Meet the CPF Retirement Sum | CPF Investment in Singapore
Investment | Loansby Priyadarshini 10 November 2022
Are you concerned that you will not be able to meet the CPF Retirement Sum? Don’t be concerned! Here are five strategies for achieving it and retiring with peace of mind. The CPF Basic Retirement Sum (BRS) will be increased by 3.5% per year from 2023 to 2027 to keep up with inflation, according to one of the key announcements in Budget 2022. In other words, retirement sums for CPF members turning 55 between 2023 and 2027 will be higher.
Meet the CPF Retirement Sum
What exactly is the CPF Retirement Sum?
The CPF Retirement Sum is the amount of money you must save in your CPF Retirement Account (RA) when you turn 55 in order to receive monthly CPF LIFE payouts from 65 onwards (a more detailed explanation of the Retirement Sum can be found in our article here).
All Singaporeans and Singapore Permanent Residents will automatically have a CPF RA created when they reach the age of 55, and the funds in their CPF Ordinary Account (OA) and CPF Special Account (SA) will be transferred to their CPF RA. The amount you must save in your CPF RA is determined by the Retirement Sum for that year, which is adjusted annually by the CPF Board.
How To Meet the CPF Retirement Sum?
Contribute to your CPF SA through the Retirement Sum Topping-Up Scheme (RSTU)
The Retirement Sum Topping-Up Scheme (RSTU) assists you in increasing your retirement savings. You can top up your CPF SA with cash or funds from your CPF OA using the RSTU. Not only will your retirement savings grow and you will receive higher CPF LIFE payouts, but the money in your CPF SA will also earn you a higher compound interest rate of up to 5% instead of 2.5% from your CPF OA.
Furthermore, beginning in 2023, you will be eligible for tax relief of up to S$8,000 per year if you top up your own CPF SA, and an additional S$8,000 if you top up your family’s CPF SA, for a total of up to S$16,000 in total. It should be noted, however, that only cash top-ups will be eligible for tax relief.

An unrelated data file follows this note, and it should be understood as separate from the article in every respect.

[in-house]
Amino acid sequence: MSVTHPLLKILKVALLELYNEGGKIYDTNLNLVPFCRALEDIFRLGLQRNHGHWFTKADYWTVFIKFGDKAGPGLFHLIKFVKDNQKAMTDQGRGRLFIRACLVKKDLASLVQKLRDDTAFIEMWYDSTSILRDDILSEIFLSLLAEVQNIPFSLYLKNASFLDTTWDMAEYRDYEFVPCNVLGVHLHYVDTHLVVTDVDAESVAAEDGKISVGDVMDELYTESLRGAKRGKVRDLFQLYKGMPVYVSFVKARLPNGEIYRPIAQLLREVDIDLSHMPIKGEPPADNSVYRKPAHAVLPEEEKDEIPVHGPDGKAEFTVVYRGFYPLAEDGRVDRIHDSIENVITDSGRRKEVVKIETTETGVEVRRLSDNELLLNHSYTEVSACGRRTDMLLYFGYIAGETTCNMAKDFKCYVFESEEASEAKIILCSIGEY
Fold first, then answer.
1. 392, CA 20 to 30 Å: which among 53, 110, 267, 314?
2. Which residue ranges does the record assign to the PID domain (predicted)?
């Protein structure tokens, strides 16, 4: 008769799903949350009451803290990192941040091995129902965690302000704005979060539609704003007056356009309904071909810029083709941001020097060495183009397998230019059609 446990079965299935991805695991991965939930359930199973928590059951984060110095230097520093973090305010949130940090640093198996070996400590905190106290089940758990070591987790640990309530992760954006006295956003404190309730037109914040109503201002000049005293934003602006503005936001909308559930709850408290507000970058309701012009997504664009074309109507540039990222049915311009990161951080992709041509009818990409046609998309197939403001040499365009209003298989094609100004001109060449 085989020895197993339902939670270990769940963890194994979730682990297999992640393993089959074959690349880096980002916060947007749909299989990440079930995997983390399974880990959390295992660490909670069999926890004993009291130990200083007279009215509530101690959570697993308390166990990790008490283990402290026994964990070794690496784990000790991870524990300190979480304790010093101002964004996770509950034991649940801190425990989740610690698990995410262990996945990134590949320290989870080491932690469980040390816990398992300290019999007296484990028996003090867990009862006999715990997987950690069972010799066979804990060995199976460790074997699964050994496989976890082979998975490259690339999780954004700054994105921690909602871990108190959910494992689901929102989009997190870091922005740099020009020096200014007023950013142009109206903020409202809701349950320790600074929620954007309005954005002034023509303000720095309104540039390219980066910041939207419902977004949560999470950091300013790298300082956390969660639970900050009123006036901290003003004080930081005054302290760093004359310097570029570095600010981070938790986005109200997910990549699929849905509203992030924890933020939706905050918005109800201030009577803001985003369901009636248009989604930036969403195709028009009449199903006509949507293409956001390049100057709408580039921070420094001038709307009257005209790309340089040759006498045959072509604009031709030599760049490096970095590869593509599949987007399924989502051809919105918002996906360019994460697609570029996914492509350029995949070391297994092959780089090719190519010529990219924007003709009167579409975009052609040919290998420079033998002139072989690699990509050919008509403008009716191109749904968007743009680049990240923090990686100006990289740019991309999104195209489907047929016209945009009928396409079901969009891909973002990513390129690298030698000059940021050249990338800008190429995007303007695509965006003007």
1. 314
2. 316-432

Contribute voluntarily to your CPF accounts
Making voluntary contributions to your CPF OA, CPF SA, and MediSave accounts is another way to increase your retirement savings. You can, however, only make cash top-ups, and the maximum amount is based on the current CPF Annual Limit of S$37,740 (including mandatory top-ups for the year).
You can also choose to top up your MediSave Account, but the maximum amount you can contribute is based on the Basic Healthcare Sum (BHS), which is the maximum amount of savings you can have in your MediSave account when you reach the age of 65. The BHS is also adjusted on a yearly basis.
CPF Investment Scheme allows you to grow your CPF-SA and OA funds (CPFIS)
CPFIS allows you to grow your CPF savings in addition to making top-ups. The CPFIS enables you to invest a portion of your CPF savings in insurance products, bonds, Exchange Traded Funds (ETFs), unit trusts, fixed deposits, and shares.
Make cash contributions to your MediSave Account
Did you also know that you can top up your MediSave Account with cash? Your MediSave Account, like the CPF SA, pays 4% interest per year. Furthermore, once you’ve reached the BHS, any additional contributions to your MediSave Account (including mandatory contributions) will be diverted to your CPF SA, allowing you to continue earning 4% interest per year and eventually reach the FRS.
Choose not to withdraw from your CPF when you reach the age of 55
When you reach the age of 55, you can withdraw a portion of your savings from your CPF accounts (OA and SA), depending on the amount of money in your CPF accounts.
You can withdraw all of your OA and SA savings if you have S$5,000 or less
You can withdraw S$5,000 if you have more than S$5,000 but less than your BRS. However, if you own a property and have a lease that can last until 95 years, you can withdraw any excess amount over the BRS.
If you have more than your FRS, you can withdraw S$5,000 from your OA and SA, or any excess amount over the FRS, whichever is greater. Similarly, if you own a property with a remaining lease that can last until 95 years, you can withdraw any excess amount above the BRS.